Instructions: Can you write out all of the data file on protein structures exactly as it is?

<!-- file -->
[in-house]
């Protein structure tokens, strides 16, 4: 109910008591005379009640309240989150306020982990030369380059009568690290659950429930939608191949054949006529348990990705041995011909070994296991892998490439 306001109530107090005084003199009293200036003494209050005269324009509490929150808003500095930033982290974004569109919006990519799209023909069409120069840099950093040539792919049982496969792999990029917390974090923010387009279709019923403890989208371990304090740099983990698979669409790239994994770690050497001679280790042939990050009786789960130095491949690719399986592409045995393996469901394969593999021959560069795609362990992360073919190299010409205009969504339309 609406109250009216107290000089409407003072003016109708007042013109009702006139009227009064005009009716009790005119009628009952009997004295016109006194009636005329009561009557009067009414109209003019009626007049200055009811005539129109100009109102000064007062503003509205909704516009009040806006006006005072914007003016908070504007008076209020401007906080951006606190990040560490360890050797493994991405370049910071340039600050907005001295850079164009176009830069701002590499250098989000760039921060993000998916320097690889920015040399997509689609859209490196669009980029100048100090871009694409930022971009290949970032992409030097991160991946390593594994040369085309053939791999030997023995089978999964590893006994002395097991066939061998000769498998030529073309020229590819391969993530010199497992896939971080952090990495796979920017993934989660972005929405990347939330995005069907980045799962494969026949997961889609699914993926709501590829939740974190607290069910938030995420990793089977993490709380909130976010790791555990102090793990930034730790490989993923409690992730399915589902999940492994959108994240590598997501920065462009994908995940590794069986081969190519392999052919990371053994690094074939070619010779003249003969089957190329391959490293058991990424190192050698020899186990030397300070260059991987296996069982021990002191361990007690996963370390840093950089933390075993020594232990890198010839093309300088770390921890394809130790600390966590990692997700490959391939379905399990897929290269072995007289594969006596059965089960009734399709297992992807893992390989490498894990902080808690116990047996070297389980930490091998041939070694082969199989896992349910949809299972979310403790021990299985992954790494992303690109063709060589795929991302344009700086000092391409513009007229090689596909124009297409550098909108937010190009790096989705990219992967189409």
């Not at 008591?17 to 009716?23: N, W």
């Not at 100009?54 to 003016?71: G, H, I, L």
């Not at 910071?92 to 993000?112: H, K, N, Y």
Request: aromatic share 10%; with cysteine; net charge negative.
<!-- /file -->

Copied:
[in-house]
């Protein structure tokens, strides 16, 4: 109910008591005379009640309240989150306020982990030369380059009568690290659950429930939608191949054949006529348990990705041995011909070994296991892998490439 306001109530107090005084003199009293200036003494209050005269324009509490929150808003500095930033982290974004569109919006990519799209023909069409120069840099950093040539792919049982496969792999990029917390974090923010387009279709019923403890989208371990304090740099983990698979669409790239994994770690050497001679280790042939990050009786789960130095491949690719399986592409045995393996469901394969593999021959560069795609362990992360073919190299010409205009969504339309 609406109250009216107290000089409407003072003016109708007042013109009702006139009227009064005009009716009790005119009628009952009997004295016109006194009636005329009561009557009067009414109209003019009626007049200055009811005539129109100009109102000064007062503003509205909704516009009040806006006006005072914007003016908070504007008076209020401007906080951006606190990040560490360890050797493994991405370049910071340039600050907005001295850079164009176009830069701002590499250098989000760039921060993000998916320097690889920015040399997509689609859209490196669009980029100048100090871009694409930022971009290949970032992409030097991160991946390593594994040369085309053939791999030997023995089978999964590893006994002395097991066939061998000769498998030529073309020229590819391969993530010199497992896939971080952090990495796979920017993934989660972005929405990347939330995005069907980045799962494969026949997961889609699914993926709501590829939740974190607290069910938030995420990793089977993490709380909130976010790791555990102090793990930034730790490989993923409690992730399915589902999940492994959108994240590598997501920065462009994908995940590794069986081969190519392999052919990371053994690094074939070619010779003249003969089957190329391959490293058991990424190192050698020899186990030397300070260059991987296996069982021990002191361990007690996963370390840093950089933390075993020594232990890198010839093309300088770390921890394809130790600390966590990692997700490959391939379905399990897929290269072995007289594969006596059965089960009734399709297992992807893992390989490498894990902080808690116990047996070297389980930490091998041939070694082969199989896992349910949809299972979310403790021990299985992954790494992303690109063709060589795929991302344009700086000092391409513009007229090689596909124009297409550098909108937010190009790096989705990219992967189409």
């Not at 008591?17 to 009716?23: N, W």
């Not at 100009?54 to 003016?71: G, H, I, L």
């Not at 910071?92 to 993000?112: H, K, N, Y």
Request: aromatic share 10%; with cysteine; net charge negative.